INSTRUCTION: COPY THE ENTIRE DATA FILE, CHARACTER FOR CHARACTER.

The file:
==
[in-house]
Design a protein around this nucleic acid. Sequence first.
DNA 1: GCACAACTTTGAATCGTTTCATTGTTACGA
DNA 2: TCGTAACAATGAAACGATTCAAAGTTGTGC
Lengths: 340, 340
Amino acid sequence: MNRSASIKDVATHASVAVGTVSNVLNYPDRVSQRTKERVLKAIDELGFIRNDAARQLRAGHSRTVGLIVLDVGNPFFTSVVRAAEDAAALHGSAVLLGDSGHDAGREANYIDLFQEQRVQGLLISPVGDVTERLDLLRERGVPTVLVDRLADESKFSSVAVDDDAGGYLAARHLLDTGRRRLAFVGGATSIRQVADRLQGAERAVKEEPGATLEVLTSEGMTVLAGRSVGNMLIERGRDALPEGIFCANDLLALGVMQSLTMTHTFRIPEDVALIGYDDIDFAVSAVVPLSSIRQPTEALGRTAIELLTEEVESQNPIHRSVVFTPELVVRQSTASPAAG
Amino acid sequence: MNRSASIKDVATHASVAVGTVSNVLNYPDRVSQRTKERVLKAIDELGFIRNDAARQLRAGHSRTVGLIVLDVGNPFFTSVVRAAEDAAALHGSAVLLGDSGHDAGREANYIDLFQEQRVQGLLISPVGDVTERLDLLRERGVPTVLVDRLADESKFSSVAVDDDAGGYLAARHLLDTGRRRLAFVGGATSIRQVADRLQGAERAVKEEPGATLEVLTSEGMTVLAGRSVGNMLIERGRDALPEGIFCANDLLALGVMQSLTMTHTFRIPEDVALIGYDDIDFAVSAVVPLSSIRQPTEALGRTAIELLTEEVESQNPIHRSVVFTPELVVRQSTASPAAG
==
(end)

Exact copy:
[in-house]
Design a protein around this nucleic acid. Sequence first.
DNA 1: GCACAACTTTGAATCGTTTCATTGTTACGA
DNA 2: TCGTAACAATGAAACGATTCAAAGTTGTGC
Lengths: 340, 340
Amino acid sequence: MNRSASIKDVATHASVAVGTVSNVLNYPDRVSQRTKERVLKAIDELGFIRNDAARQLRAGHSRTVGLIVLDVGNPFFTSVVRAAEDAAALHGSAVLLGDSGHDAGREANYIDLFQEQRVQGLLISPVGDVTERLDLLRERGVPTVLVDRLADESKFSSVAVDDDAGGYLAARHLLDTGRRRLAFVGGATSIRQVADRLQGAERAVKEEPGATLEVLTSEGMTVLAGRSVGNMLIERGRDALPEGIFCANDLLALGVMQSLTMTHTFRIPEDVALIGYDDIDFAVSAVVPLSSIRQPTEALGRTAIELLTEEVESQNPIHRSVVFTPELVVRQSTASPAAG
Amino acid sequence: MNRSASIKDVATHASVAVGTVSNVLNYPDRVSQRTKERVLKAIDELGFIRNDAARQLRAGHSRTVGLIVLDVGNPFFTSVVRAAEDAAALHGSAVLLGDSGHDAGREANYIDLFQEQRVQGLLISPVGDVTERLDLLRERGVPTVLVDRLADESKFSSVAVDDDAGGYLAARHLLDTGRRRLAFVGGATSIRQVADRLQGAERAVKEEPGATLEVLTSEGMTVLAGRSVGNMLIERGRDALPEGIFCANDLLALGVMQSLTMTHTFRIPEDVALIGYDDIDFAVSAVVPLSSIRQPTEALGRTAIELLTEEVESQNPIHRSVVFTPELVVRQSTASPAAG